A trial of CXD101 for advanced cancer

Cancer type:

All cancer types
Lymphoma

Status:

Results

Phase:

Phase 1/2

This trial looked at a drug called CXD101 to treat cancer. It was for people who had a solid tumour Open a glossary item or lymphoma Open a glossary item that had:

  • got worse despite treatment and 
  • there wasn’t a standard treatment  Open a glossary itemavailable

This trial was open for people to join between 2018 and 2019. The team published the results in 2021.

More about this trial

CXD101 is a drug that blocks substances (enzymes Open a glossary item) in the body called histone deacetylases. Cells need these to grow and divide. Blocking them may stop cancer growing. Drugs that block these enzymes are called histone deacetylase inhibitors or HDAC inhibitors.

At the time of this trial, doctors knew from early research that CXD101 may be able to stop cancer cells growing. They weren’t sure how well it would work so they ran this trial to find out more. 

The main aims of this trial were to:

  • find the best dose of CXD101 to give 
  • see if it works for people with advanced cancer Open a glossary item

Summary of results

The team found the best dose of CXD101 to give and that the side effects were manageable. In this very small trial, they also found that CXD101 worked for a few people who had lymphoma. 

Trial design
This was a phase 1/2 trial. A total of 47 people had treatment:

  • 19 people had a solid tumour
  • 28 people had lymphoma 

The trial was in 2 parts. Part 1 looked at the best dose to have. Part 2 tested this dose in more people.

Results for part 1
30 people joined this part of the trial. The team found the best dose of CXD101 to give. The first few people had a low dose of CXD101. If they didn’t have any serious side effects, the next few people had a higher dose. This is called a dose escalation study. 

Results for part 2
17 people joined part 2 of the trial. The team looked at how well treatment worked. 

For those who had a solid tumour, the cancer:

  • didn’t go away or get smaller in anyone 
  • stayed the same in 4 people
  • got worse in 5 people 

For those who had lymphoma, it:

  • went away in 1 person
  • shrunk a bit in 3 people
  • stayed the same in 8 people 
  • got worse in 8 people 

Samples for research 
The team used tissue samples to look for a biomarker Open a glossary item called HR23B. They thought this would help them to work out who CXD101 would work best for. They found this biomarker wasn’t useful to predict this.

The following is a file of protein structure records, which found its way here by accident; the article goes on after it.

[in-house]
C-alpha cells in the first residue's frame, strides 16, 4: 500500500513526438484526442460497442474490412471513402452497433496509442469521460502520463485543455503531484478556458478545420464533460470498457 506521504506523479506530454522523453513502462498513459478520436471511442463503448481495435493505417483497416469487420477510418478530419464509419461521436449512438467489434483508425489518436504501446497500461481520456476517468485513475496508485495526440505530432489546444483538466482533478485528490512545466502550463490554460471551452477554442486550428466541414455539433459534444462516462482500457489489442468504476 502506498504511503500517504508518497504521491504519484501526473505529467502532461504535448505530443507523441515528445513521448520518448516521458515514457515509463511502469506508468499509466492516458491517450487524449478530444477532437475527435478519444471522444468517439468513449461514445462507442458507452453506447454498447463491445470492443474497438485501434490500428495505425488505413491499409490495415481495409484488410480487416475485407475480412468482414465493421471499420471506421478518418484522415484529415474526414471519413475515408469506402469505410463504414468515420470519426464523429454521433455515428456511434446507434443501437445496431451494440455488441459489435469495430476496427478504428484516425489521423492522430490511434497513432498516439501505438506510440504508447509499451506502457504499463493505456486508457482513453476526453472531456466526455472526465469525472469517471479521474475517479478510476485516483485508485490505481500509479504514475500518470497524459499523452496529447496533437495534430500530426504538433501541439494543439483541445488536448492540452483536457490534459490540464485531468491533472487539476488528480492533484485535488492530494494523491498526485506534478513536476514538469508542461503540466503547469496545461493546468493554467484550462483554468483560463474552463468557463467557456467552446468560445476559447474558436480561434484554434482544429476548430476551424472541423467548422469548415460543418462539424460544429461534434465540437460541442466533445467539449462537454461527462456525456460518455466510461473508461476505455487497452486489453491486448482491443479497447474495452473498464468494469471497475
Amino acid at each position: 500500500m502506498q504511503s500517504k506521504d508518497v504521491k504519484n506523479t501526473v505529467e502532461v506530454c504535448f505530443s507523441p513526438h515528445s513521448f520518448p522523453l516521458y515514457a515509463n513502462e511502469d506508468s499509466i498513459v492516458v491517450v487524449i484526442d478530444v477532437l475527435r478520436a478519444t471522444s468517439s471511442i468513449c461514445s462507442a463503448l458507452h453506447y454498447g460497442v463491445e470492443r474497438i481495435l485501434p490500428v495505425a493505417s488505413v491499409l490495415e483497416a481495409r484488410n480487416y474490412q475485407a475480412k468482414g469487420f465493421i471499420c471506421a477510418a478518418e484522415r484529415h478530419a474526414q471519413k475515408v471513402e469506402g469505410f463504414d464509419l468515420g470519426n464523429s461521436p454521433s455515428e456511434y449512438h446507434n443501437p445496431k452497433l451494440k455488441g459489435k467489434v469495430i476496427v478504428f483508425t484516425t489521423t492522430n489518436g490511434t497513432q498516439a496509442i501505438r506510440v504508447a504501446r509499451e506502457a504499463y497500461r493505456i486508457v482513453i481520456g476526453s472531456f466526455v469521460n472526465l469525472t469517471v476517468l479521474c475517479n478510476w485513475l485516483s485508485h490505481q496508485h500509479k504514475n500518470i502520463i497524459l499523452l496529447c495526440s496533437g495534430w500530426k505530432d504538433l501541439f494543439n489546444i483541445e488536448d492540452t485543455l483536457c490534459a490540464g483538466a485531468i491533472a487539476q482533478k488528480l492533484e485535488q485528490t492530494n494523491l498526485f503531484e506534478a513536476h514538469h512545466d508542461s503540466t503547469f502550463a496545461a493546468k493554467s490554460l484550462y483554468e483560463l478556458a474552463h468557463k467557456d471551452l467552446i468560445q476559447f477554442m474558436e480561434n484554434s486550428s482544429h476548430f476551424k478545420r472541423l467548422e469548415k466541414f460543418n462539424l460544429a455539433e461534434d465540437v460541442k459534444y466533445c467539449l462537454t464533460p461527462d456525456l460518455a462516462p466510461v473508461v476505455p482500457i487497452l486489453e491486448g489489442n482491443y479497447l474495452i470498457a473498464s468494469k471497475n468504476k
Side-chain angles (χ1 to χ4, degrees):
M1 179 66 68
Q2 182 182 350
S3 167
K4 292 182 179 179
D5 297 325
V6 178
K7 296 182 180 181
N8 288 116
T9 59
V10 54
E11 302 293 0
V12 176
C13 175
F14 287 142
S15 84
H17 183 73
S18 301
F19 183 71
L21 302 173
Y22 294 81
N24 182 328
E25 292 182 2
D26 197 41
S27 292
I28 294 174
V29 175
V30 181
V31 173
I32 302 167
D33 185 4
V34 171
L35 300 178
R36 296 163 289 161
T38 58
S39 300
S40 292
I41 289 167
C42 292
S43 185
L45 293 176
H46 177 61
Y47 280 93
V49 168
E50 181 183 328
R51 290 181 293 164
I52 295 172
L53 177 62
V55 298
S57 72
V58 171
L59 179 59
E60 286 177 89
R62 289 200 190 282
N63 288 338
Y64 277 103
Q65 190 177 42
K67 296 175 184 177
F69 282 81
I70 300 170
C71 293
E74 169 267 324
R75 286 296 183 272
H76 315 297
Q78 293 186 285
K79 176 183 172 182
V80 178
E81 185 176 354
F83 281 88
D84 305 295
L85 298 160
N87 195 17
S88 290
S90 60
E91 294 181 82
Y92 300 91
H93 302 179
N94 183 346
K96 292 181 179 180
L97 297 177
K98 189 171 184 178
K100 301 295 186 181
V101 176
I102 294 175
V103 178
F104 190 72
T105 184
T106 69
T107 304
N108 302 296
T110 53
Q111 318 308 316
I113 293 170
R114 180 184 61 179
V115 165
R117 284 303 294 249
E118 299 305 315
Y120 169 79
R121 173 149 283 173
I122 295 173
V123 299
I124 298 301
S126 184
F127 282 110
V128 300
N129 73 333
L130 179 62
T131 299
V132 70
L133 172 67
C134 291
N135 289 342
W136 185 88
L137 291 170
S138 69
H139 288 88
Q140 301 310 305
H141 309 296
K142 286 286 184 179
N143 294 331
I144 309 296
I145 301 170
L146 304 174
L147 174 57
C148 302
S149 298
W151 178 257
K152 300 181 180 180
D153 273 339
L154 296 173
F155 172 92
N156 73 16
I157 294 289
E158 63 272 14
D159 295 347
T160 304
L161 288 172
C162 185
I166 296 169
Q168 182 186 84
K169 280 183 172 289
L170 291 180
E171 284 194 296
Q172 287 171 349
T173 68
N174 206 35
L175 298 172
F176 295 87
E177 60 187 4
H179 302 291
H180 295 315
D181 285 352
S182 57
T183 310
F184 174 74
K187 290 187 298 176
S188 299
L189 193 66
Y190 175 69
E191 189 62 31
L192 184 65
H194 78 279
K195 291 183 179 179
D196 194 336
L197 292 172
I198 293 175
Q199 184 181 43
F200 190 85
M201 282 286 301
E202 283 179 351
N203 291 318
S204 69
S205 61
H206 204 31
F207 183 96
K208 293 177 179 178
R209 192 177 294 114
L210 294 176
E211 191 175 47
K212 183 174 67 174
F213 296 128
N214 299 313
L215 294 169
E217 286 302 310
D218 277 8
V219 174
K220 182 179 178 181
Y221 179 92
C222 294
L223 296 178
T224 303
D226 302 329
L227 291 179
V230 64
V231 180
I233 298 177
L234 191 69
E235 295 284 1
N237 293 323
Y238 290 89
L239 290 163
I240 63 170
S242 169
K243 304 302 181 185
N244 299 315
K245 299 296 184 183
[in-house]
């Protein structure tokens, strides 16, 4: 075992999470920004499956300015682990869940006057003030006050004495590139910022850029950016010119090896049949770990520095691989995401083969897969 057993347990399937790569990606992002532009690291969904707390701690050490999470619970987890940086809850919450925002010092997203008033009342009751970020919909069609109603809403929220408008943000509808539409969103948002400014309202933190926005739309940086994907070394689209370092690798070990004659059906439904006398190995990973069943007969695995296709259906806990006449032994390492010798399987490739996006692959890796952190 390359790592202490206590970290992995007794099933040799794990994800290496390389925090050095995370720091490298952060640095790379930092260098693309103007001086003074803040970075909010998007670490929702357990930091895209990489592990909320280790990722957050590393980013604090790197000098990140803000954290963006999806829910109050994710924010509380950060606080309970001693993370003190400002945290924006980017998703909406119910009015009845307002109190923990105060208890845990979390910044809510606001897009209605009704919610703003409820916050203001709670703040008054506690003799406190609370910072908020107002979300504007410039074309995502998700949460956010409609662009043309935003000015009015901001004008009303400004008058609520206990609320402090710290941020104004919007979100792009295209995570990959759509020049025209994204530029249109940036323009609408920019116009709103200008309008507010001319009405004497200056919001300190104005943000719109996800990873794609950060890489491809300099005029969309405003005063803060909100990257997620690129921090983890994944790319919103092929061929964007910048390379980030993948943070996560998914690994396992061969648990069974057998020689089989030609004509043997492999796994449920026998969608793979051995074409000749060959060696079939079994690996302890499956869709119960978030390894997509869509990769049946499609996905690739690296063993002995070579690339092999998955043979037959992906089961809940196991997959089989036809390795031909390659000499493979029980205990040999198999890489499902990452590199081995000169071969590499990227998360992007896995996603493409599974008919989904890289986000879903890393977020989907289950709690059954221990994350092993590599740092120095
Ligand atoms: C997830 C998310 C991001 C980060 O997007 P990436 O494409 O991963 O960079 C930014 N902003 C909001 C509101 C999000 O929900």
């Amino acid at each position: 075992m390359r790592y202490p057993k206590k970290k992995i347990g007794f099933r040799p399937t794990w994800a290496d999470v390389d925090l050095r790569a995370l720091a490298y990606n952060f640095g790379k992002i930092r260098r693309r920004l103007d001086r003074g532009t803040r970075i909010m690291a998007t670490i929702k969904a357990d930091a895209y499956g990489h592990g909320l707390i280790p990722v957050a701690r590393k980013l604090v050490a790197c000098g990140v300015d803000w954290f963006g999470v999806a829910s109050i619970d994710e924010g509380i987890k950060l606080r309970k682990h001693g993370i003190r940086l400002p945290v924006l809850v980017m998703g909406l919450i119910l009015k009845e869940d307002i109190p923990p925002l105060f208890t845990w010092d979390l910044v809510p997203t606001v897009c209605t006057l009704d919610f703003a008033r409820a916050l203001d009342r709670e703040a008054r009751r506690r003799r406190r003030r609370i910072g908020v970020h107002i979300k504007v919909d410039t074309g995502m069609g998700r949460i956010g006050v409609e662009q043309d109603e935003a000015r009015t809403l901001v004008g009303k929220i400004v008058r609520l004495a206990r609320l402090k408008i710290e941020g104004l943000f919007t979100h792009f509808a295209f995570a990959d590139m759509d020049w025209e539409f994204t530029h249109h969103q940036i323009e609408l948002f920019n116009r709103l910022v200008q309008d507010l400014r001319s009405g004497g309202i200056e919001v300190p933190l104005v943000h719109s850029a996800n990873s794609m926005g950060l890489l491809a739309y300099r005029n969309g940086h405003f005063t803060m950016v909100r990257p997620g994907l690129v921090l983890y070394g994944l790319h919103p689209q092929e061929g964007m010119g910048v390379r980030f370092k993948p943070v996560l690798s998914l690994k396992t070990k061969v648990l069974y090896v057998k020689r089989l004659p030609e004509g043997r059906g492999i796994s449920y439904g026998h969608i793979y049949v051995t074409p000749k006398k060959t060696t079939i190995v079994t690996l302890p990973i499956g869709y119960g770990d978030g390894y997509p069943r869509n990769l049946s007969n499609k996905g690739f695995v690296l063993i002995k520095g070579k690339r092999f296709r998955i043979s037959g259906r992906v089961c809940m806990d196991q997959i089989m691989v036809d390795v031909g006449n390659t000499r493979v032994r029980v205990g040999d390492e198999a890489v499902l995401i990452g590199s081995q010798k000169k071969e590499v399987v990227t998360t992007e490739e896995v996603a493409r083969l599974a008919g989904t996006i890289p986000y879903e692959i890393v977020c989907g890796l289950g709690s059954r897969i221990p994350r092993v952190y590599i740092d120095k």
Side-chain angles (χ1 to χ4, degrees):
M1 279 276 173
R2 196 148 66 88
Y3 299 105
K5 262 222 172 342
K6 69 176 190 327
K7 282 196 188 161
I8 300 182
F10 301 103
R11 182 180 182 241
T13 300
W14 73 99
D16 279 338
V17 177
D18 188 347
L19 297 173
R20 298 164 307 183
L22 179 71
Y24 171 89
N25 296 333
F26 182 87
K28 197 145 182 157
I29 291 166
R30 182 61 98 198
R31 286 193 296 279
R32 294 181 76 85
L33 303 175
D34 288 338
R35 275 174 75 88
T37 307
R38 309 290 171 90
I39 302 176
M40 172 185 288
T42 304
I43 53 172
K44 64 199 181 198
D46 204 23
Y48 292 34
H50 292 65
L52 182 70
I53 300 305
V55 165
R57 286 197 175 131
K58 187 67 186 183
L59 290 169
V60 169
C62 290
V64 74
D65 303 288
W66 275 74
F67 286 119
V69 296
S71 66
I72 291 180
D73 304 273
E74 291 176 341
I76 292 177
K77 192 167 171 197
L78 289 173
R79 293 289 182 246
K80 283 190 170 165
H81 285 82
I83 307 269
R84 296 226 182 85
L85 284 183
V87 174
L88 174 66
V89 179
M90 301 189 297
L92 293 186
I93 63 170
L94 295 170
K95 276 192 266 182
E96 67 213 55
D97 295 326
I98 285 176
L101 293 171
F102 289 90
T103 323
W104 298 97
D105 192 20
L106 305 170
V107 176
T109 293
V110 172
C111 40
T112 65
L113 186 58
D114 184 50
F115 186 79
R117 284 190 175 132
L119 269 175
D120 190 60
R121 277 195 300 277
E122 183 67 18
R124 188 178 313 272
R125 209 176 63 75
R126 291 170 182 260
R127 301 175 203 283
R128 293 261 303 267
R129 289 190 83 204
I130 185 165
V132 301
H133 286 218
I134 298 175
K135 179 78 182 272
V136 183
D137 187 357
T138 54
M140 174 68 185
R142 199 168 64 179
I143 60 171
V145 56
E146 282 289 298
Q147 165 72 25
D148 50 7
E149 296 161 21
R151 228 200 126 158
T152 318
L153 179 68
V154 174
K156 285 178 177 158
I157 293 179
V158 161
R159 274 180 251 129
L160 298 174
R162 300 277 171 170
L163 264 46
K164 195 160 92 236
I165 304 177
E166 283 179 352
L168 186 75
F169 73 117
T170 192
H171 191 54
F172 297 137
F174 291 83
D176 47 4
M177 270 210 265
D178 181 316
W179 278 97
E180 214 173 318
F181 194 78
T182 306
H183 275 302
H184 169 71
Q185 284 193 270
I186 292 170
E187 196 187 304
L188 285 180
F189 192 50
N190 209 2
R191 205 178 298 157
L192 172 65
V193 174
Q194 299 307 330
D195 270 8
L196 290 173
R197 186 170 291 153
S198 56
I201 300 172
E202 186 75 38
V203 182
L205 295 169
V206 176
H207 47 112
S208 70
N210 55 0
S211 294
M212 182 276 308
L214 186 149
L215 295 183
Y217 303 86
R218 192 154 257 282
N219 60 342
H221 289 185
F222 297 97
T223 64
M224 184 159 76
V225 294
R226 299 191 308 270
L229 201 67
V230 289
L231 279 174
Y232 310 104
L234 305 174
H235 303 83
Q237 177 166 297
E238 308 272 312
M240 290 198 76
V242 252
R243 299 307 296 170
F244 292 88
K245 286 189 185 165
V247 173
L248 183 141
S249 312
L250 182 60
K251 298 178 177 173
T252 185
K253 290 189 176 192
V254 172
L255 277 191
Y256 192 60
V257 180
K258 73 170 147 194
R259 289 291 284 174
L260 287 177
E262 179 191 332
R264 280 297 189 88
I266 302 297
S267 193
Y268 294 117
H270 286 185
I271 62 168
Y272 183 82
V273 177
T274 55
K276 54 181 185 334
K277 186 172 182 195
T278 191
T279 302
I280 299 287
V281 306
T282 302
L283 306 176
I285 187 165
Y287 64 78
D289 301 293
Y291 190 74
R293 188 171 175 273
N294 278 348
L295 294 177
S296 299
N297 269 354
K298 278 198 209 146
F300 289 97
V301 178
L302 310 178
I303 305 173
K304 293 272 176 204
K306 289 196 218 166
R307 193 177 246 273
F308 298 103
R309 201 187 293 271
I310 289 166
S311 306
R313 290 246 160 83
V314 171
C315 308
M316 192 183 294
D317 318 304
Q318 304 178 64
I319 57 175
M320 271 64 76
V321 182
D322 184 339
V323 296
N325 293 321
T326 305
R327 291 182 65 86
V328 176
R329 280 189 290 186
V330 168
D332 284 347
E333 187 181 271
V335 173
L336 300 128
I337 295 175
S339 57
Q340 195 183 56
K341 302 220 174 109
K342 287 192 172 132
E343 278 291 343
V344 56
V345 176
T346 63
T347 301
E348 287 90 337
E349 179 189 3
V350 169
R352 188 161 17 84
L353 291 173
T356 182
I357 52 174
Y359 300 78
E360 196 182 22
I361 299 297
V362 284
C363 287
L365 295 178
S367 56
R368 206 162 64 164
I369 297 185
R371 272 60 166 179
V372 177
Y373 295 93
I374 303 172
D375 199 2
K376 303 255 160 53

Side effects
Everyone had at least one side effect. Most were mild but some were more severe. 

The most common severe side effects of CXD101 included:

  • a drop in the number of blood cells causing an increased risk of infection, bleeding and bruising, tiredness and breathlessness
  • tiredness (fatigue)

Conclusion
The trial team concluded that CXD101 worked for a few people who had certain types of lymphoma. It didn’t shrink the cancer in anyone who had a solid tumour. Although the cancer stayed the same in some people with a solid tumour. 

The trial team recommend that CXD101 is looked at in combination with other cancer treatments for solid tumours. For example this might include having it with immunotherapy

We have based this summary on information from the research team. The information they sent us has been reviewed by independent specialists (peer reviewed Open a glossary item) and published in a medical journal. The figures we quote above were provided by the trial team who did the research. We have not analysed the data ourselves.

Recruitment start:

Recruitment end:

How to join a clinical trial

Please note: In order to join a trial you will need to discuss it with your doctor, unless otherwise specified.

Please note - unless we state otherwise in the summary, you need to talk to your doctor about joining a trial.

Chief Investigator

Professor Mark Middleton

Supported by

Celleron Therapeutics Ltd
Experimental Cancer Medicine Centre (ECMC)
Oxford University Hospitals NHS Trust

Freephone 0808 800 4040

Last review date

CRUK internal database number:

6423

Please note - unless we state otherwise in the summary, you need to talk to your doctor about joining a trial.

Around 1 in 5 people take part in clinical trials

3 phases of trials

Around 1 in 5 people diagnosed with cancer in the UK take part in a clinical trial.

Last reviewed:

Rate this page:

No votes yet
Thank you!
We've recently made some changes to the site, tell us what you think